This picture was taken two seconds after the last one, according the to time-stamp provided by my camera. Now the white dashed lines separating the lanes seem to have have a gap twice as large as the dash. Now according to Chapter 5 of the Traffic Signs manual (2003) figure 3-4 indicates the markings for high-speed dual-carriageway. The dashed lines separating the lanes are marked as Diagram 1005.1, Table 4-2 Lane lines indicates that for roads with a speed limit in excess of 40mph then the mark is 2m in length and the gap should be 7m long.
I think that the leading blue car has travelled 6 x 9m between the two pictures. Which implies the that car is travelling at 56m in two seconds or 28m/s – this equates to 62mph. So it sounds about right, perhaps an underestimate even. Now we are told about the ”two-second rule” as a good rule of thumb for the spacing we should allow when following another vehicle. By my reckoning from the front of the blue car to the front of the third car is 5 x 9m or 45m.
So for the three cars to obey the two second rule and assuming the lengths of the cars as 4.0m then the gap should be 2 x ( the length of the car plus the distance travelled in 2 seconds). This works out as 2 x (4m + 28m) or 64m. Now to me it is obvious those cars are too close together and the maths does suggest that their spacing on the road is only 45m and yet it should be 64m. So the cars are 4.5m closer together than the suggested minimum distance. Is that dangerous driving or careless driving? In my book it is – yet just cast you eye along the road and see how many cars are doing it. The trouble is when accidents do occur on high-speed roads they can have severe consequences as we saw in Somerset last year.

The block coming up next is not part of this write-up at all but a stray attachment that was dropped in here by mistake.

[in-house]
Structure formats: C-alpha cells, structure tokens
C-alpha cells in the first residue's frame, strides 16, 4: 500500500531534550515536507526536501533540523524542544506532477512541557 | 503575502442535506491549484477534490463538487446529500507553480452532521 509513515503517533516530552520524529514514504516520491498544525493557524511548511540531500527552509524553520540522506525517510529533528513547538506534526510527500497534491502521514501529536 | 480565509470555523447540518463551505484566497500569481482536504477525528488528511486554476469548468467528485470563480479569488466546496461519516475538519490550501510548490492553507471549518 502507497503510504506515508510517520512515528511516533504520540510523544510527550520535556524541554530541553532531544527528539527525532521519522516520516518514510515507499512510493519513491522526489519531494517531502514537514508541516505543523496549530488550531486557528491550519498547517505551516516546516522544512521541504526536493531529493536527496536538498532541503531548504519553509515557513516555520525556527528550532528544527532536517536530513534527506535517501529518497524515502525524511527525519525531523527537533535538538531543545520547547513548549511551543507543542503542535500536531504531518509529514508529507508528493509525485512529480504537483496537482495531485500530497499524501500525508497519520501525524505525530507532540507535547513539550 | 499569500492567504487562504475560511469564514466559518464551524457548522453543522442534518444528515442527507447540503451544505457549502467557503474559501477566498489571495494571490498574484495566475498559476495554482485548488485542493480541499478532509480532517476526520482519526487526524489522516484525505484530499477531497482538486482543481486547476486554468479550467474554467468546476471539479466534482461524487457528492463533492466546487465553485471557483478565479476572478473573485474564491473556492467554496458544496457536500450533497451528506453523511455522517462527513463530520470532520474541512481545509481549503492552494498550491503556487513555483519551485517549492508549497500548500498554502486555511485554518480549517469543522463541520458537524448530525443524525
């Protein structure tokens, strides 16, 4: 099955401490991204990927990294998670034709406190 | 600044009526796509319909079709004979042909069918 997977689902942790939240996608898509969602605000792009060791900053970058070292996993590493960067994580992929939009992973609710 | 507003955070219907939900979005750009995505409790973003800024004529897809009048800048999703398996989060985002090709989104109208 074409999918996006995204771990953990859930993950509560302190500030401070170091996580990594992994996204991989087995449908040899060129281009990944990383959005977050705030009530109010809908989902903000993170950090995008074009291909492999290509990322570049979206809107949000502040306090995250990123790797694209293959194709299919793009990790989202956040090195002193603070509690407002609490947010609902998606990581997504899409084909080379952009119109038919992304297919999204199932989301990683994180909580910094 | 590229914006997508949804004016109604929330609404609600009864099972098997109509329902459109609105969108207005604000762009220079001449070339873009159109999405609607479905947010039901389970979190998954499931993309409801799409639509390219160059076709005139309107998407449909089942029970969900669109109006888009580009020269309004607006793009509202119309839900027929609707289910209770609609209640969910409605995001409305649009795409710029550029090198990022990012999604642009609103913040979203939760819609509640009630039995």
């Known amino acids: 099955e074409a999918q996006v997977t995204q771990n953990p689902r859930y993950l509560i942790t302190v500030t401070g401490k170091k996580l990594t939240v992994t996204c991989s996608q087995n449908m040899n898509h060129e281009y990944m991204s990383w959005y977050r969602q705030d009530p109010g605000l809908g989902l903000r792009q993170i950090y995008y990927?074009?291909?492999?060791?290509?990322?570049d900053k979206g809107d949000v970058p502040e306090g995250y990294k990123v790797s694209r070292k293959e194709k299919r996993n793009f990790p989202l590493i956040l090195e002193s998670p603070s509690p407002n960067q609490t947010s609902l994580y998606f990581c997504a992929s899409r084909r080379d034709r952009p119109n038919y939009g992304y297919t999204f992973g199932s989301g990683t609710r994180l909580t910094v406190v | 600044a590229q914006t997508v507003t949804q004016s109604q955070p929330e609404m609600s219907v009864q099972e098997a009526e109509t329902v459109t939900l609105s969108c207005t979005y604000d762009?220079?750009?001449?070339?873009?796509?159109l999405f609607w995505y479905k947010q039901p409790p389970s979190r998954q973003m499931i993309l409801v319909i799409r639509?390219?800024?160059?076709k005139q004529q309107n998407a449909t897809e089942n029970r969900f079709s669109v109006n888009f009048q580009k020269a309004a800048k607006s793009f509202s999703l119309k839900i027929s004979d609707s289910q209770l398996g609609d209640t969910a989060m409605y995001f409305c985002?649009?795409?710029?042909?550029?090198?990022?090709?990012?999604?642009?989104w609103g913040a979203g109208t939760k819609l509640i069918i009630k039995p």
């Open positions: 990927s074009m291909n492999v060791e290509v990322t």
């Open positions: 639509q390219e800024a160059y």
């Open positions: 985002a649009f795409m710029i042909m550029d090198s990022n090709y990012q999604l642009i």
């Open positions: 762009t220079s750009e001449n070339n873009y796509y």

It seems to me that whilst we often see “crackdowns” on cyclists without lights or illegally parked cars there is little focus on the issues that cause serious accidents. In fact I reckon that tailgating has gotten worse over the years. Yet we don’t see crackdowns on tailgating. What I would like to see is a crackdown and those caught given tailgating awareness courses. It does top the motorists list of bad driving behaviours apparently.
I had a pleasant cycle down Histon Road – although the cycle lanes there do seem to give cars “permission” to pass cyclists (well me anyway) pretty damn close.
As I cycled along Riverside I also remembered to take a picture of this boat , it had caught my eye on Monday, Tuesday and Wednesday but somehow slipped my mind to take a picture.
Although I couldn’t claim mileage for these trips and I do begrudge companies that don’t pay decent cycling mileage (HMRC allows 20p per mile for a bicycle) every cloud has a silver lining – I enjoyed my trips around town on my bike.
And finally – Parker’s Piece may be getting sunken lights because of safety concerns and it is not just bicycles that cause problems on shared-use paths – so do mobility scooters. Yet more pictures of cycling celebrities – Pink and family.